Until the Recording Industry Association of America hit the headlines in recent years with its antipiracy campaign, the initials RIAA meant one thing to seasoned audiophiles: the vinyl-disc equalization characteristic introduced in the 1950s to standardize what had previously been an anarchy of different EQs. Three decades later, as CD gained ascendance, a large proportion of audiophiles still knew what RIAA equalization was, and a good number of them had some idea or better of what the RIAA EQ curve looked like, and why it was applied.
Dick Olsher Posted: Oct 29, 2008 Published: Jan 29, 1989 0 comments
There was a time, as recently as 40 years ago, when frequencies below 100Hz were considered extreme lows, and reproduction below 50Hz was about as common as the unicorn. From our present technological perch, it's too easy to smirk condescendingly at such primitive conditions. But just so you're able to sympathize with the plight of these disadvantaged audiophiles, I should tell you that there were two perfectly good reasons for this parlous state of affairs. First of all, program material at that time was devoid of deep bass; not because it was removed during disc mastering but simply because there wasn't any to begin with. The professional tape recorders of the day featured a frequency response of 50–15kHz, ±2dB—just about on a par with the frequency performance capability of a cheap 1988 cassette tape deck.
John Atkinson Posted: Oct 03, 2008 3 comments
Because loudspeakers interact with the acoustics of the room in which they are used, optimizing their positions within that room pays major dividends. Inexpensive speakers, optimally set up, may well outperform more expensive models just plonked down willy-nilly.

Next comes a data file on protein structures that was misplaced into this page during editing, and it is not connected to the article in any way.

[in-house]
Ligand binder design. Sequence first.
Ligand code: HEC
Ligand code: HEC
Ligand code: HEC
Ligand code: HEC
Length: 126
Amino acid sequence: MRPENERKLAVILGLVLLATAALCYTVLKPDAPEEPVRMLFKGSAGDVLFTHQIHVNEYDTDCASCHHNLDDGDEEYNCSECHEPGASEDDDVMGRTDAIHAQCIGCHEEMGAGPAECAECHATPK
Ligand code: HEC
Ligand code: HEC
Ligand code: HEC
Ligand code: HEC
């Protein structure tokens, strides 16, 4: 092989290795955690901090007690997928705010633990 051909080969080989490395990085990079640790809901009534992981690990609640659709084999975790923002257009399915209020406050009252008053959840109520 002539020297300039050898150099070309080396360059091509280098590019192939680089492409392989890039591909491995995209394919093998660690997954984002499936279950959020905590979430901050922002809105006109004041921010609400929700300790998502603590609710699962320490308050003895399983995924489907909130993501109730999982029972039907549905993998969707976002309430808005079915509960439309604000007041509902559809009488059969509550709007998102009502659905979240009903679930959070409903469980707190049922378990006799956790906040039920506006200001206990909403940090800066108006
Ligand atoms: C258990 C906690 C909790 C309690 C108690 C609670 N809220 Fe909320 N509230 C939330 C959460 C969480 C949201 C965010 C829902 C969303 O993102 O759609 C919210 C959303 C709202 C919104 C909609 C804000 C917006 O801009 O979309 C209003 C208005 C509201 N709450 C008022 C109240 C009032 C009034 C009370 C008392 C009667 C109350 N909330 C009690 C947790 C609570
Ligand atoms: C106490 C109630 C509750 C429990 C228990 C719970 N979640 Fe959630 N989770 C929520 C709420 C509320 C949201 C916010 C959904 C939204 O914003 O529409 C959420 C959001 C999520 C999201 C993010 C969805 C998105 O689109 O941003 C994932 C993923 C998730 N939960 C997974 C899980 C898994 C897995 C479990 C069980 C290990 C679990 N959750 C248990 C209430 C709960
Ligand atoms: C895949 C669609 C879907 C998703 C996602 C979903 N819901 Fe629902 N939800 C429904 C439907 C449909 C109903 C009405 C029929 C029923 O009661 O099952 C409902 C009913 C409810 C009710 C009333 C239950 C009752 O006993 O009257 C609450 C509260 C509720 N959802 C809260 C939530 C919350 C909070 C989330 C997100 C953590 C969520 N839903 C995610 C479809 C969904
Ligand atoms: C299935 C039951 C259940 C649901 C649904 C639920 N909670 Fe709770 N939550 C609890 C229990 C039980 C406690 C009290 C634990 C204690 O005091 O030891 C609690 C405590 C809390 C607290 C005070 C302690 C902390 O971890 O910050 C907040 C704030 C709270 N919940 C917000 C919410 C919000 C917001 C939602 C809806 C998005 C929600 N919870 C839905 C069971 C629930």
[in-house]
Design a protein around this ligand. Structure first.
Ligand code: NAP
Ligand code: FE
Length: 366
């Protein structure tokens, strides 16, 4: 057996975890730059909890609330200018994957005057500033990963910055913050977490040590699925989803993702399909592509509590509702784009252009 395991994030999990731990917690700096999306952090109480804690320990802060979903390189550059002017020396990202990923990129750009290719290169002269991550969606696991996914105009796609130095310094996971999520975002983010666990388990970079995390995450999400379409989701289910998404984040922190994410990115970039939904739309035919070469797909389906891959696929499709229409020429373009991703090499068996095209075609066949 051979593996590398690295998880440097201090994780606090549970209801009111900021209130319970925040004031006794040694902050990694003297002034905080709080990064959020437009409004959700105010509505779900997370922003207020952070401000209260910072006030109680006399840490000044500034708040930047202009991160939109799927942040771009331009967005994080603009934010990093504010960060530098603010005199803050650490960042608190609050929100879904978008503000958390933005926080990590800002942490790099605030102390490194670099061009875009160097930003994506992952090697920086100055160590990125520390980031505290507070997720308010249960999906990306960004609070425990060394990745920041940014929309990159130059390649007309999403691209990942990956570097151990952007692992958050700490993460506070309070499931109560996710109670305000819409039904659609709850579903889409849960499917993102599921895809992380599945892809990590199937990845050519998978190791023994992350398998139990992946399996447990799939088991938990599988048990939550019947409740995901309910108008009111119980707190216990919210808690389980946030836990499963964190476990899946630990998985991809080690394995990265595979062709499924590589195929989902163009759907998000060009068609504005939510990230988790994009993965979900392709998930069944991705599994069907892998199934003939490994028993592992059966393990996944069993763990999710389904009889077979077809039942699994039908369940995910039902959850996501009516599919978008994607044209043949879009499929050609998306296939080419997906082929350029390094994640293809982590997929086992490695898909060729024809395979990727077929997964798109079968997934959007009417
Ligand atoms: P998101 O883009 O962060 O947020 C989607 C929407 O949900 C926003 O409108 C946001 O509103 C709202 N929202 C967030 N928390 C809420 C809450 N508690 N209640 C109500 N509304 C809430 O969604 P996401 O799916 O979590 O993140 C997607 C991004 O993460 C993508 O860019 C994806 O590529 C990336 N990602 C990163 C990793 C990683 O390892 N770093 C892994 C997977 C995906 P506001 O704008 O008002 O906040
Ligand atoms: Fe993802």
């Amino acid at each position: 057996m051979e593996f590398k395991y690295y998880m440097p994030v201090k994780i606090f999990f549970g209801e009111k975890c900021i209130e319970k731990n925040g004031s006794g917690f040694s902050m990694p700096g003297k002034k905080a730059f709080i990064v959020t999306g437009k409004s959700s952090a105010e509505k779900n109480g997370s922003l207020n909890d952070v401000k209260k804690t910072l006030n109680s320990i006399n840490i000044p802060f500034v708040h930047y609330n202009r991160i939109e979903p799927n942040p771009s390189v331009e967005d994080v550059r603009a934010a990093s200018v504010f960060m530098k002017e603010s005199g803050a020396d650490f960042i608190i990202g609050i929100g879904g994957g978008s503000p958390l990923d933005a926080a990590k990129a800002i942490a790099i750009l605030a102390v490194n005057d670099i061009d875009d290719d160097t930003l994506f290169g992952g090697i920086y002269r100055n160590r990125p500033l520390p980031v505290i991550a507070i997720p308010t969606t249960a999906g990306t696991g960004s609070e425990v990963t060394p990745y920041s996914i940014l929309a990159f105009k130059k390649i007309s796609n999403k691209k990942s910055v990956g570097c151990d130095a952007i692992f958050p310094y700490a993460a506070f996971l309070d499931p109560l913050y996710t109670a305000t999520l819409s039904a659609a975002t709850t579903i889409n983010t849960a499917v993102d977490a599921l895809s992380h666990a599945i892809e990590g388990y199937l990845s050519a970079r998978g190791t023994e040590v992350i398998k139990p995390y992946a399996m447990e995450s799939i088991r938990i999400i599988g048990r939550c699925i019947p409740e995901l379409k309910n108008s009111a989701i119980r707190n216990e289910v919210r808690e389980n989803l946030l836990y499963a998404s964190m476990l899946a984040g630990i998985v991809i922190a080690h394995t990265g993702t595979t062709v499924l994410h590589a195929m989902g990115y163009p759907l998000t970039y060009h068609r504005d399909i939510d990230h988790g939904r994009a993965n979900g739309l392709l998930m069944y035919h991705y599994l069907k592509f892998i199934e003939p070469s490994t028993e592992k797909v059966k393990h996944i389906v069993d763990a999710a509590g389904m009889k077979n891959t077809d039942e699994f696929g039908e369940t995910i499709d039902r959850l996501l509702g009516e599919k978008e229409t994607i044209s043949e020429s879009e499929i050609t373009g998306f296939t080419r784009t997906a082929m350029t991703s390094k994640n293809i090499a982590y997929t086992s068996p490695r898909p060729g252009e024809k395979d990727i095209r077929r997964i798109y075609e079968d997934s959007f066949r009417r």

Keith Howard Posted: Aug 29, 2008 0 comments
Headphones get pretty short shrift in much of the hi-fi press, which is puzzling—the headphone market is burgeoning. I don't know what the equivalent US figures are, but in recent years the UK headphone market has increased by an annual 15–20% in both units sold and overall revenue. It's easy to dismiss this as a natural byproduct of the Apple iPod phenomenon, but 20% of the market value is now accounted for by headphones costing over $120; a significant subset of consumers would seem to be looking for quality. When you also consider that many people's first exposure to higher-quality audio comes via headphones, there is ample reason for treating them more seriously.
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Art Dudley Posted: Apr 29, 2008 Published: Apr 30, 2008 0 comments
Swiss Precision: The Story of the Thorens TD 124 and Other Classic Turntables
Swiss Precision: The Story of the Thorens TD 124 and Other Classic Turntables
by Joachim Bung. Published by Joachim and Angelika Bung, Schmitten, Germany (info@td-124.de), 2008. Hardcover, 288 pages, four-color, ISBN 978-3-00-021162-1. Price: €59 plus overseas mailing.
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Kalman Rubinson Posted: Apr 29, 2008 Published: Apr 30, 2008 0 comments
Surround Sound: Up and Running (Second Edition)
by Tomlinson Holman. Published by Focal Press, an imprint of Elsevier (footnote 1) (Oxford, England, UK; www.elsevier.com). 2008. Paperback, 248 pages, ISBN 978-0240808291. $44.95.
Keith Howard Posted: Feb 06, 2008 Published: Jan 06, 2008 2 comments
Recently, I assessed four disparate room-correction systems based on digital signal processing (DSP): Copland DRC205, Lyngdorf Audio RoomPerfect, Velodyne SMS-1, and Meridian DRC. I concluded that Meridian's approach—which applies IIR (Infinite Impulse Response) "anti-resonance" filters to suppress room resonant modes, if only partially—was, in many respects, the best. What I particularly like about Meridian DRC is that, unlike the Copland and Lyngdorf processors, its approach to system tonal balance is largely hands-off. Yes, it lightens up the extreme bass a little, as you'd expect, but it doesn't recast the system balance in any way that might prove undesirable. If you like your system's tonal character as it is, Meridian DRC behaves just as you'd want a room-correction system to behave: it quells room resonance effects while leaving the system's essential sound well alone.